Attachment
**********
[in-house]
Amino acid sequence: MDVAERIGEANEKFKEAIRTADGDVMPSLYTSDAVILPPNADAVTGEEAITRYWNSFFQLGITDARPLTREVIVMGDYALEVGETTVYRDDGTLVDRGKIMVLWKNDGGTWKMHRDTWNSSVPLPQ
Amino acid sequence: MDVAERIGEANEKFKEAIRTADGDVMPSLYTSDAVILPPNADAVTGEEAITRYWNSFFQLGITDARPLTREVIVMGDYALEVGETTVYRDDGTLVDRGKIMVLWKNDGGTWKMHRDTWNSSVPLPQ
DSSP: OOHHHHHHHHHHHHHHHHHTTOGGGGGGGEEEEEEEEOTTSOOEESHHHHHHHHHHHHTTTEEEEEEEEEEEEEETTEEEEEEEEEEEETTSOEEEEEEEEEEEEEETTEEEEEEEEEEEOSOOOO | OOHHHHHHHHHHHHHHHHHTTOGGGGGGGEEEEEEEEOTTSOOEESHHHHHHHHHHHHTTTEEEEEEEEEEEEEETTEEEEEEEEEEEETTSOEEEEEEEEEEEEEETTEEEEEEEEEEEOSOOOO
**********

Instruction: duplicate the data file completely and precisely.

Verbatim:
[in-house]
Amino acid sequence: MDVAERIGEANEKFKEAIRTADGDVMPSLYTSDAVILPPNADAVTGEEAITRYWNSFFQLGITDARPLTREVIVMGDYALEVGETTVYRDDGTLVDRGKIMVLWKNDGGTWKMHRDTWNSSVPLPQ
Amino acid sequence: MDVAERIGEANEKFKEAIRTADGDVMPSLYTSDAVILPPNADAVTGEEAITRYWNSFFQLGITDARPLTREVIVMGDYALEVGETTVYRDDGTLVDRGKIMVLWKNDGGTWKMHRDTWNSSVPLPQ
DSSP: OOHHHHHHHHHHHHHHHHHTTOGGGGGGGEEEEEEEEOTTSOOEESHHHHHHHHHHHHTTTEEEEEEEEEEEEEETTEEEEEEEEEEEETTSOEEEEEEEEEEEEEETTEEEEEEEEEEEOSOOOO | OOHHHHHHHHHHHHHHHHHTTOGGGGGGGEEEEEEEEOTTSOOEESHHHHHHHHHHHHTTTEEEEEEEEEEEEEETTEEEEEEEEEEEETTSOEEEEEEEEEEEEEETTEEEEEEEEEEEOSOOOO